"I never said he wasn't a smart politician. Just a very cynical one." - The American Spectator | USA News and Politics
“I never said he wasn’t a smart politician. Just a very cynical one.”

In light of recent talk of moats and alligators, Mark Salter recalls circa-2005 Obama’s efforts to scuttle immigration reform on behalf of big union interests and to prevent a president from the wrong political party from taking credit amongst hispanics for getting it done:

As an aide to McCain, I was in the room for every one of those meetings. It was my first opportunity to observe Obama closely. During those meetings, I never saw him engage in any discussion concerned with building a majority vote in favor of the legislation. In the meetings he attended, he would draw from his shirt pocket a 3×5 index card, on which he had written changes he insisted be made to the bill before he would support it. They were invariably the same demands made by the AFL-CIO, which was intent on watering down or killing the guest-worker provisions. Republicans and Democrats alike were irritated by his transparently self-interested behavior, but tried to negotiate with him. He remained adamant in his positions and unwilling to compromise.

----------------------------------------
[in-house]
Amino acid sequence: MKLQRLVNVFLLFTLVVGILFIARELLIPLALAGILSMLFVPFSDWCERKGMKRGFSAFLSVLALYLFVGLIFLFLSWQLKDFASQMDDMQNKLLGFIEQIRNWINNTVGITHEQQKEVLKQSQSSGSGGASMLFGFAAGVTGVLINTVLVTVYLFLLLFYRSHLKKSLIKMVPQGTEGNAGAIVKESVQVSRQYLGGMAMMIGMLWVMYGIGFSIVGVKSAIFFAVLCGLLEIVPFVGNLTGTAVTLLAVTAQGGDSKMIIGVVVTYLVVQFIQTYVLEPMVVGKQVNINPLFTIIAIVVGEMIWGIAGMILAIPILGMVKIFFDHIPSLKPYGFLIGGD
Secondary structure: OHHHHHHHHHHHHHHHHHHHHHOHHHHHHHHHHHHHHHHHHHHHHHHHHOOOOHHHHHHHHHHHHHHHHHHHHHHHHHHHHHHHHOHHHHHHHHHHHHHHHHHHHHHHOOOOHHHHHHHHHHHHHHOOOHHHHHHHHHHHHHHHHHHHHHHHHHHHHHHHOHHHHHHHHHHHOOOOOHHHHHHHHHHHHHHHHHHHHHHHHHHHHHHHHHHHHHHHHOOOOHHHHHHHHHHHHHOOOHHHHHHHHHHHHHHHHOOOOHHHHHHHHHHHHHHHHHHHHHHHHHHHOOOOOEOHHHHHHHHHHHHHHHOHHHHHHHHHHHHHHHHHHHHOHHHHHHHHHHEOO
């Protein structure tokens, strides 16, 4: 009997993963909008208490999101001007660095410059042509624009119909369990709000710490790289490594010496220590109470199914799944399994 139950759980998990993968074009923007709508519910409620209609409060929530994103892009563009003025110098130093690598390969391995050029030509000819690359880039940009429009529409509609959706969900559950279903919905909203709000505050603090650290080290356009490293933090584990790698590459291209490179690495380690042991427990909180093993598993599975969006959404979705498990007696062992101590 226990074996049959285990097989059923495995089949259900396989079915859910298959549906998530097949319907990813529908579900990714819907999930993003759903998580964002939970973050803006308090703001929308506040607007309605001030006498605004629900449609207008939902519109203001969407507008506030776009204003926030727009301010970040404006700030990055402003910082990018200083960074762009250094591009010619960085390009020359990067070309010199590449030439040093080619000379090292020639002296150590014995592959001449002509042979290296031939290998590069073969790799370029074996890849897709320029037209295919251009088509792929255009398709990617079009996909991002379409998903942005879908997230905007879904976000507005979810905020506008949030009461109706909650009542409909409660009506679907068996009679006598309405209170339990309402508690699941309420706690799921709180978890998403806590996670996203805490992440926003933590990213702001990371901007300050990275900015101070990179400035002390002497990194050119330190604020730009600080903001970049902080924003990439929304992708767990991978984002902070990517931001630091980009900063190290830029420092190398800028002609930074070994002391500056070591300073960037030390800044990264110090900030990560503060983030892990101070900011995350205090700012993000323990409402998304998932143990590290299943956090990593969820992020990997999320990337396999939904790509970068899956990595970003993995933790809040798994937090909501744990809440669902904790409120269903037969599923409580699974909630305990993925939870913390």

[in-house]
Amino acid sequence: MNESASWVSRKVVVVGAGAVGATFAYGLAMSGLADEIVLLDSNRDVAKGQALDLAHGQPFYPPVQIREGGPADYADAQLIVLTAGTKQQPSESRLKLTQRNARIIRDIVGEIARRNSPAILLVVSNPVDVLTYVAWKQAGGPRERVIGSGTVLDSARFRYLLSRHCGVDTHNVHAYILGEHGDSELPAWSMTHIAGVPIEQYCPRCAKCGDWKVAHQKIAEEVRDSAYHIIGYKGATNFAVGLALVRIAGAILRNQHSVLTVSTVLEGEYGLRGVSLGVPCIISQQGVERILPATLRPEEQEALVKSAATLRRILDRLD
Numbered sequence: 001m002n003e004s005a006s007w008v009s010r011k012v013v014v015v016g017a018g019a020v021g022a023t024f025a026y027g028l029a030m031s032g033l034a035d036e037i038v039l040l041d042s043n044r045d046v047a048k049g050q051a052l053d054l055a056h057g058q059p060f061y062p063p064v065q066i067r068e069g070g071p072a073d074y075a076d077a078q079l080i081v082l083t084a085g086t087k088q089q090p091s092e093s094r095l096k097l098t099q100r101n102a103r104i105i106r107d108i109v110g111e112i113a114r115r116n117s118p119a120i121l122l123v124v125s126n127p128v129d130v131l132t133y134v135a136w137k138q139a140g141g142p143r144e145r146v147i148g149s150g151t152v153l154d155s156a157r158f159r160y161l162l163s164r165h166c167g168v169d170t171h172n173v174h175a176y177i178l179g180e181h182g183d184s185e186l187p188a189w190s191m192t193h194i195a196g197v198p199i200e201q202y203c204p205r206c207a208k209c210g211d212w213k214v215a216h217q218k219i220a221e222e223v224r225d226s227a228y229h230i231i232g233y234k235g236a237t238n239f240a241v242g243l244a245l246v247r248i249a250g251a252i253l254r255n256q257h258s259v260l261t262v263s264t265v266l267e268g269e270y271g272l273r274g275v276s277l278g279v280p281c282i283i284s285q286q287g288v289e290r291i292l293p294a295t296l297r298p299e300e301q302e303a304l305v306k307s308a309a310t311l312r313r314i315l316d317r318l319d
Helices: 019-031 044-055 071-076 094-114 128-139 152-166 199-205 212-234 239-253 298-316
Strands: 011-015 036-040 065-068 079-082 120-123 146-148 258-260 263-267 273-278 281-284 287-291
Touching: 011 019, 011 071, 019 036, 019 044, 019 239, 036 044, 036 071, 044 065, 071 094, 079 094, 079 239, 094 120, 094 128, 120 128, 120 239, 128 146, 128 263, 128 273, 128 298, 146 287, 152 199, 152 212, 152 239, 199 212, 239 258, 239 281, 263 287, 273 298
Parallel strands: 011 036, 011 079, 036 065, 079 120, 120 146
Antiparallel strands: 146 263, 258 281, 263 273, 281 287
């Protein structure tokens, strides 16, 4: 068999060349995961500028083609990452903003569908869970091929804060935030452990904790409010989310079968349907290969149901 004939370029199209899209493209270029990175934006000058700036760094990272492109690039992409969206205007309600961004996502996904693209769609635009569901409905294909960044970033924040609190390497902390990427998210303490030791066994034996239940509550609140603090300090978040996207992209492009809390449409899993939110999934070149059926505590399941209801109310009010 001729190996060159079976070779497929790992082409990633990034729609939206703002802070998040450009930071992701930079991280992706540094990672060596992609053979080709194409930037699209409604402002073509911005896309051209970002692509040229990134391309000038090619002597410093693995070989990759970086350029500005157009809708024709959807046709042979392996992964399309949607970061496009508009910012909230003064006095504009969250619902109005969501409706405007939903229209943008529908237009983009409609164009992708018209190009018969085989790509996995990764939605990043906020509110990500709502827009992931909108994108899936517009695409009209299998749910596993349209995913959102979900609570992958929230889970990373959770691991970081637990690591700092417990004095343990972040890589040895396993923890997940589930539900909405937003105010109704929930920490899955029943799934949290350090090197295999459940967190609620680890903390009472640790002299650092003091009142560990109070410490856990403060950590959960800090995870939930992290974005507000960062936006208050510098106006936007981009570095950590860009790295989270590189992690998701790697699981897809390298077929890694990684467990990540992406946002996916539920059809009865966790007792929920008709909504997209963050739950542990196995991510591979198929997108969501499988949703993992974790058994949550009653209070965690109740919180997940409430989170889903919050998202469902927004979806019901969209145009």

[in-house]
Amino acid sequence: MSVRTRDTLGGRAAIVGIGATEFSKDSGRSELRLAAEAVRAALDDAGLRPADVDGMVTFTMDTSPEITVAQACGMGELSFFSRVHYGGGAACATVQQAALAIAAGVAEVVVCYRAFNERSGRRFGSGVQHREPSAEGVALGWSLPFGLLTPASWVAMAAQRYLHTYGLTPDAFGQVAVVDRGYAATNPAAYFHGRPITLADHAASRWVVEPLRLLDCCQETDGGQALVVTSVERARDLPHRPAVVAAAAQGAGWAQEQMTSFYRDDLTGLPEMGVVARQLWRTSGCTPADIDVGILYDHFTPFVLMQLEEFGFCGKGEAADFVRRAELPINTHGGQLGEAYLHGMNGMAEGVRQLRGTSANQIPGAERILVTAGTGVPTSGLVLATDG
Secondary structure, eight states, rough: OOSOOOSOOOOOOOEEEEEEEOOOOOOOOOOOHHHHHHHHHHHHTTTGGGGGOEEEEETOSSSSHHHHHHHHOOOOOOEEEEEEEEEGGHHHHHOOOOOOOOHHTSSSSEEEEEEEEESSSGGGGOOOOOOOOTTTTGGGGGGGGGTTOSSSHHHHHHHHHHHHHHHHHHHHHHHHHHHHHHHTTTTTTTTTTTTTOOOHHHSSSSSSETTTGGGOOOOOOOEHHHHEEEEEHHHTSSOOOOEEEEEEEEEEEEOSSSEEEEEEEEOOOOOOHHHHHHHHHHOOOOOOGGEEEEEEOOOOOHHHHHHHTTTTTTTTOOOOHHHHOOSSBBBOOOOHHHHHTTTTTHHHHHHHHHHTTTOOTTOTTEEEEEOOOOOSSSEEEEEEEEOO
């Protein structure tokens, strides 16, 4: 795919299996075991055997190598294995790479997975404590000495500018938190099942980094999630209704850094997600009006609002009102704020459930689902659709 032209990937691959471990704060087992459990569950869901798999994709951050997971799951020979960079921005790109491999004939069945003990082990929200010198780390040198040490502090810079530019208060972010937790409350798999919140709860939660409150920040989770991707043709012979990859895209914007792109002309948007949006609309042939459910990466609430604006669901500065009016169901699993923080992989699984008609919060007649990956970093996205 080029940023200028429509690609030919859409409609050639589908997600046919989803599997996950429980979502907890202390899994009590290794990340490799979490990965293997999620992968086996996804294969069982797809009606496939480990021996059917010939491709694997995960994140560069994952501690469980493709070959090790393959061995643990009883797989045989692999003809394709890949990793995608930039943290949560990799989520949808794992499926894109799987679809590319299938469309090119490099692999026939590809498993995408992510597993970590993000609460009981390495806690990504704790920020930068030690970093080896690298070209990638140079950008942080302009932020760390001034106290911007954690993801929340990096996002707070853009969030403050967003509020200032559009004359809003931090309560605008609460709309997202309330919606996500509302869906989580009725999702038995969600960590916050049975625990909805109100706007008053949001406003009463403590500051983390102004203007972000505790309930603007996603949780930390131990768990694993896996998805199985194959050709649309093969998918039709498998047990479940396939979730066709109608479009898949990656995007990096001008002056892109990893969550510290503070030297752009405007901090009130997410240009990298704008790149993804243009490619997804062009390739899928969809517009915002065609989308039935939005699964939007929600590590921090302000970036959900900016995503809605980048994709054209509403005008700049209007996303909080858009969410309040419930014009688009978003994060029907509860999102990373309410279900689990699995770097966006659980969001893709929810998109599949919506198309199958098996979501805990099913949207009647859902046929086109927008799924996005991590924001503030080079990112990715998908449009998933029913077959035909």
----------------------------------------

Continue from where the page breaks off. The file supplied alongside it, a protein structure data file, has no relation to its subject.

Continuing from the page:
This perfidy of yore is not exactly a great argument against immigration reform — whatever that currently amorphous aspirational cloud ultimately transforms into — but Salter does make a pretty irrefutable case for the president coming down off his high horse long enough to reacquaint himself with the mud he flung a few short years ago.

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